How do I Treat an Elbow Fracture?

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  • Written By: M.R. Anglin
  • Edited By: Bronwyn Harris
  • Images By: Oddharmonic,, Alila, Leschnyhan
  • Last Modified Date: 07 November 2019
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The elbow is the point where three bones — the humerus, the ulna, and the radius — join together. Your elbow has to allow for the up and down motion of your arm, as well as turning your arm over. Any break to one or more of these bones at the elbow comprises an elbow fracture. In order to treat an elbow fracture, you must first go to a doctor. If the bone needs to be reset, moved, or adjusted, he or she will do it for you.

When you go to a doctor’s office after obtaining an elbow fracture, he or she will examine you. During the examination, you may have to take X-rays, answer questions about your injury and how it came about, and allow the doctor to test how far you can move your arm. A clean break of the bone may only need a splint and rest. Should the bones be severely damaged or fall out of their proper positions, or if there is a need to remove pieces of the bone, surgery may be the proper treatment option. The exact treatment your doctor will prescribe will depend on your age, the type of damage you have obtained, and the position of the bones after the break.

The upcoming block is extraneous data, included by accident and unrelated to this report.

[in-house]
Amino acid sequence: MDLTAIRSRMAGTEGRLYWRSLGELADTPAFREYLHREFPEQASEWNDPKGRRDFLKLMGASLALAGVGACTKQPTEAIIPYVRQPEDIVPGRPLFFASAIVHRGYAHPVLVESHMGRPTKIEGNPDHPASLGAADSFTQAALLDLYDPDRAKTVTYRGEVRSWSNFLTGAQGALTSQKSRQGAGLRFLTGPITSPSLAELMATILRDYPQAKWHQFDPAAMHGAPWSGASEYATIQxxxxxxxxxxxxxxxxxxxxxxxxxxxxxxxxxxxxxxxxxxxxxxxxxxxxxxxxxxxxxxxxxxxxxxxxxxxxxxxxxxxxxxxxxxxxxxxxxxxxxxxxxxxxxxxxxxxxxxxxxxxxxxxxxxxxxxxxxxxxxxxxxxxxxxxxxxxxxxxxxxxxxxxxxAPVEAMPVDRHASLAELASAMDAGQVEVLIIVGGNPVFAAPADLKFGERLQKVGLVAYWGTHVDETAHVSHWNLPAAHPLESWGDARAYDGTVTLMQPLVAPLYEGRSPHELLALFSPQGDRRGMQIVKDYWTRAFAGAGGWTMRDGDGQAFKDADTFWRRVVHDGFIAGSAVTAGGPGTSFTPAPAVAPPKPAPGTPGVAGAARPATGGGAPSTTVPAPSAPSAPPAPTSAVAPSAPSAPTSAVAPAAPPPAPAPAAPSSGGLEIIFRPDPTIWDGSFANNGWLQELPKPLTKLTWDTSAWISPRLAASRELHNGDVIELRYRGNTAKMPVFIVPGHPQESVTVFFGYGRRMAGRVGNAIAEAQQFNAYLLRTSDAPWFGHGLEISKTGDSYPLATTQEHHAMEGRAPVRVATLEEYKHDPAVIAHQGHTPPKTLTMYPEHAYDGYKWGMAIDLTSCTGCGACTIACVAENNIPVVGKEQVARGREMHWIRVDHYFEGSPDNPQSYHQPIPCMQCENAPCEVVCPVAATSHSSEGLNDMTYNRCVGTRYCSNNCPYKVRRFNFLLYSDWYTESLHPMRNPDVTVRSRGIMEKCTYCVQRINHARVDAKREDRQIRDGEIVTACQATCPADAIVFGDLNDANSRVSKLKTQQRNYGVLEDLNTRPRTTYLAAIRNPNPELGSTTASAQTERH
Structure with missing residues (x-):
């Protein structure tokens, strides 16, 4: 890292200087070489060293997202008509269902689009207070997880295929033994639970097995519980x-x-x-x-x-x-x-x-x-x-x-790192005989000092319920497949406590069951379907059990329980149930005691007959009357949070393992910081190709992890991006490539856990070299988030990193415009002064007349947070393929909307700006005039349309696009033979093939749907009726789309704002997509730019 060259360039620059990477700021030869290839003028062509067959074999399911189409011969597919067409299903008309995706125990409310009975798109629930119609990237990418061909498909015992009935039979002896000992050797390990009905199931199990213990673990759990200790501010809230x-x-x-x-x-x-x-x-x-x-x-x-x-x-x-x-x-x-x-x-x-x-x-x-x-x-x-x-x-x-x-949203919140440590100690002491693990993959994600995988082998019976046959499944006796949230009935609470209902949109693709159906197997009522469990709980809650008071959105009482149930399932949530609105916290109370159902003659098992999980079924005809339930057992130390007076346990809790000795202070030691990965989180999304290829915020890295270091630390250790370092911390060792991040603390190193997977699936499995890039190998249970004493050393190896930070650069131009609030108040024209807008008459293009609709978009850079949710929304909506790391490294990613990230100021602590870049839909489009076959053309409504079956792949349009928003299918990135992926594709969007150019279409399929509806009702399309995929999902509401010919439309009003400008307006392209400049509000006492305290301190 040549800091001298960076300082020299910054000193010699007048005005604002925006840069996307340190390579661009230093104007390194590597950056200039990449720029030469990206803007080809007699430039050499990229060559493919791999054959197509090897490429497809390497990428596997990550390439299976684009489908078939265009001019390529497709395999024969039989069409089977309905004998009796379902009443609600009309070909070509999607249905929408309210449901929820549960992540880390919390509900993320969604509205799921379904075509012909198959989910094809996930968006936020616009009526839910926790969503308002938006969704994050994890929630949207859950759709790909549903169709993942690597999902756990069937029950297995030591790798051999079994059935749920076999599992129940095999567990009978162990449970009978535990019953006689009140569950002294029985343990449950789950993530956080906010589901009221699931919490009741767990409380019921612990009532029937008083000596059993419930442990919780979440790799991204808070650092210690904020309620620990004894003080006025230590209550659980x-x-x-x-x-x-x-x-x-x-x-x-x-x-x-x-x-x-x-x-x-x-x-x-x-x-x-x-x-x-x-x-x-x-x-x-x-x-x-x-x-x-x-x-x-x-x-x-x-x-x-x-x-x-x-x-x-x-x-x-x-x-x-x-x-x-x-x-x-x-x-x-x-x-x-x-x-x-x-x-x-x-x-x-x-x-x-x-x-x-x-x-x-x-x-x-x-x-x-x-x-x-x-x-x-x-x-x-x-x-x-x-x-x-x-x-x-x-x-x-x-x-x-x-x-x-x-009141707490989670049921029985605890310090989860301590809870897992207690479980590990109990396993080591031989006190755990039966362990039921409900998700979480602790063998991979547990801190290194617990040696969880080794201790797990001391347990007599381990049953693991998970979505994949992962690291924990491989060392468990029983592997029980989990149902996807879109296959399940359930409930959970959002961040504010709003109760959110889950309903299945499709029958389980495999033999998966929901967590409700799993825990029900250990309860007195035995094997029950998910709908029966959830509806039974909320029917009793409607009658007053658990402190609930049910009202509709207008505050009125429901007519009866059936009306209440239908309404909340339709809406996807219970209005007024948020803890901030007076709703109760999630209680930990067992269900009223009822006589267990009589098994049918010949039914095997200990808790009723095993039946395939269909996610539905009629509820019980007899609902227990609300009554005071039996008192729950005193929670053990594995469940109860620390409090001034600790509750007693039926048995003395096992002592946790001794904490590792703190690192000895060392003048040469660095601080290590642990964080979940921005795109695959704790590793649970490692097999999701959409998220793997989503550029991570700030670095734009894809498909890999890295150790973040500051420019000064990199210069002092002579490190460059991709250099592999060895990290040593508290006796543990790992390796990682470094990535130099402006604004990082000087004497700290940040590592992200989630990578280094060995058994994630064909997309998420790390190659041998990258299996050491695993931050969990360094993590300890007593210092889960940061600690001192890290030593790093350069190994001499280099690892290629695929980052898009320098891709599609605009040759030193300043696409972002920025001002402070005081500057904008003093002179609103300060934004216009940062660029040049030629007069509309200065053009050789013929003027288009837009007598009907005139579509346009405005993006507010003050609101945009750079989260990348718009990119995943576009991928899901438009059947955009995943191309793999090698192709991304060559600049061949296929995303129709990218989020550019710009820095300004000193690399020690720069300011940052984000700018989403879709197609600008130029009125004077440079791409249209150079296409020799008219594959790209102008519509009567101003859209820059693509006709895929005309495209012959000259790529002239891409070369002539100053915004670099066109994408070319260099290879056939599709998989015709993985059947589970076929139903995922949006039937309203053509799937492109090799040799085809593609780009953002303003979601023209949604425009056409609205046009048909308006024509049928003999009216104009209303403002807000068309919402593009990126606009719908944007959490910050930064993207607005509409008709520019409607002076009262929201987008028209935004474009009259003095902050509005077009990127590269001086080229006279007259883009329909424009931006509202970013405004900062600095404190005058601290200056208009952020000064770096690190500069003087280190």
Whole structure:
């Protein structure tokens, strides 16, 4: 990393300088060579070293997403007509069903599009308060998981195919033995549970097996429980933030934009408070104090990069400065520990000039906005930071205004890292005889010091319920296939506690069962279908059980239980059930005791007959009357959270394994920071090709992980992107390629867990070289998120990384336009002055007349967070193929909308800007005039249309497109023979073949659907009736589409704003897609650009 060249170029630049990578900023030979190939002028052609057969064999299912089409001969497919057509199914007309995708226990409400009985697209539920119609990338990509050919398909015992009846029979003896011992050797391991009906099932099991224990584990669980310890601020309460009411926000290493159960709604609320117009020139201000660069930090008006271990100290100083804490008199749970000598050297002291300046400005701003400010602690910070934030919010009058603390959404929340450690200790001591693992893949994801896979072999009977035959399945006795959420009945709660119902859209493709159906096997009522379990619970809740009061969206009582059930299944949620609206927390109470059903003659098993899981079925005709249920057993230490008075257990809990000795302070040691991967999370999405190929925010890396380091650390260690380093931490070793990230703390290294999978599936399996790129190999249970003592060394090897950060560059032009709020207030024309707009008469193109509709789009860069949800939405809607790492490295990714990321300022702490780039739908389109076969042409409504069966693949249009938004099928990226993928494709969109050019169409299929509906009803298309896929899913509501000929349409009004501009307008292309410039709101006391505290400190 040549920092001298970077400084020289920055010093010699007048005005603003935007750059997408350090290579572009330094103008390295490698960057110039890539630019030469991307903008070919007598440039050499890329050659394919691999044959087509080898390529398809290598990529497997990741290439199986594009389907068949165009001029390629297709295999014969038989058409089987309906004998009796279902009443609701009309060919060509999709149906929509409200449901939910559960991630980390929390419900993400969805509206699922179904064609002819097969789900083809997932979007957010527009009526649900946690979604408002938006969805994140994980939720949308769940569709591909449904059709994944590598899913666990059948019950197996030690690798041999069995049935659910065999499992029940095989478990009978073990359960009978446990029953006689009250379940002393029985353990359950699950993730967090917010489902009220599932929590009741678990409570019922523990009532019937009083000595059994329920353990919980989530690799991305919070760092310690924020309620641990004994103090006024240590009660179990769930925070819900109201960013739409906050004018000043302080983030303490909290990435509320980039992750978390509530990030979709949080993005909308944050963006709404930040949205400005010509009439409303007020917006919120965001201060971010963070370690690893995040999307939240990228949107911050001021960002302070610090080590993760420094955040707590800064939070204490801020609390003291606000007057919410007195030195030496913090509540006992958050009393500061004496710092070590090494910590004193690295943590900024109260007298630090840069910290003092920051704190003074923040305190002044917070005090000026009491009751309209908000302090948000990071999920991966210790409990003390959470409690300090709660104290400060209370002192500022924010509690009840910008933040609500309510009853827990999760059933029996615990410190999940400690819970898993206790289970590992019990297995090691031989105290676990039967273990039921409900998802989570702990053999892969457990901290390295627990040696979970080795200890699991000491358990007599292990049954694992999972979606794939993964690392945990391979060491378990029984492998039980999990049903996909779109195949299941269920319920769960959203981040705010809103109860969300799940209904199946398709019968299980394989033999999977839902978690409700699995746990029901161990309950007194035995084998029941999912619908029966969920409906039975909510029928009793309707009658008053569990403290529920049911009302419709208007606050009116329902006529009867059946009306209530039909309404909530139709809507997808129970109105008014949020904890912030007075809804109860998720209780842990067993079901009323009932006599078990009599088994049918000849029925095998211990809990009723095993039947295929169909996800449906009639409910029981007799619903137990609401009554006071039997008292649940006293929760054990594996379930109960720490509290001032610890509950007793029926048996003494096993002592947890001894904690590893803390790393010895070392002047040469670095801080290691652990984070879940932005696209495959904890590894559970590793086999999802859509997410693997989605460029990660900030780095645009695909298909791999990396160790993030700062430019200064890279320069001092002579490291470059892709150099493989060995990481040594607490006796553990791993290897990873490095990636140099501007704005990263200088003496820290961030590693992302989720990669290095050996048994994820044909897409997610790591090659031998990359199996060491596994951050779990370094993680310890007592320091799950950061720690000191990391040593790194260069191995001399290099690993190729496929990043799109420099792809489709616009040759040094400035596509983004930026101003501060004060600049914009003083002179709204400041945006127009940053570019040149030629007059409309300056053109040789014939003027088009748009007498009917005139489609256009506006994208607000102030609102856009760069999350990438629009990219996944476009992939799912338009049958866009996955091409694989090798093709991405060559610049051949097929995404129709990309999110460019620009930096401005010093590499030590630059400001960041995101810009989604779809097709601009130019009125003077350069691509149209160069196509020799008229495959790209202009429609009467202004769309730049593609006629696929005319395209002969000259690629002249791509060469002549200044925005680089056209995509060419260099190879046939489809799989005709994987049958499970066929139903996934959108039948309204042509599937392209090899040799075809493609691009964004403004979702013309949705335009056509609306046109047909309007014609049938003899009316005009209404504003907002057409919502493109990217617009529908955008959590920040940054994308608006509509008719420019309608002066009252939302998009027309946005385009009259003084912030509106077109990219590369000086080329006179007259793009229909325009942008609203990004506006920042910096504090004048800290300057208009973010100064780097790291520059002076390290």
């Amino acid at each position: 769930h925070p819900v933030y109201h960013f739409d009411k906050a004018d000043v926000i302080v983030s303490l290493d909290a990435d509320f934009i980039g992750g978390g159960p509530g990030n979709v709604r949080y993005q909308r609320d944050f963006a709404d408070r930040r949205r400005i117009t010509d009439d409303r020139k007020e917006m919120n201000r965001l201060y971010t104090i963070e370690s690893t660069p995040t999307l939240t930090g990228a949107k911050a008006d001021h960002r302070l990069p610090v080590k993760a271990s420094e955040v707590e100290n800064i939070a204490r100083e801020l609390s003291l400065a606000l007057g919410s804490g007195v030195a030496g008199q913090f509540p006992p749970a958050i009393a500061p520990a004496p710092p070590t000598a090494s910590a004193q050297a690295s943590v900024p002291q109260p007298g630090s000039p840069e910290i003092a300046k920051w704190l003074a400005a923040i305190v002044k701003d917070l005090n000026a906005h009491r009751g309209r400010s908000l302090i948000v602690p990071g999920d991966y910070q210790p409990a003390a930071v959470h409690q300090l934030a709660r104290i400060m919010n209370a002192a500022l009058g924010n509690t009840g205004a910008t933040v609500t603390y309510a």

Except with children, a cast is commonly not used to treat an elbow fracture. Even with children, the fracture is commonly treated with a splint for the first few days. A splint is like a cast except it does not completely enclose the arm. It is usually made out of plaster and allows for the arm to remain still so that the bones can heal themselves. After the arm has healed, the patient may have to undergo rehabilitation to regain strength in the arm.

Should the elbow fracture include an open fracture or should the nerves or blood vessels need repair, surgery may be the treatment your doctor chooses. Some times, the type of break necessitates the use of pins, screws or plates, in order for the arm to heal properly. Pins are commonly used in children and can be removed after the bone has healed. Screws and plates are typically used in older children and adults and can later be removed through surgery if there is discomfort.

During healing, it is important that the bones remain still. The result is an arm that does not moved for several weeks or months. In such cases, physical therapy or rehabilitation can be used to help the patient regain movement in his arm. Rehabilitation involves the use of different exercises in order to help a patient recoup as much of his former movement as possible. Your doctor should tell you what type of exercises you should do and when it is possible for you to do them.


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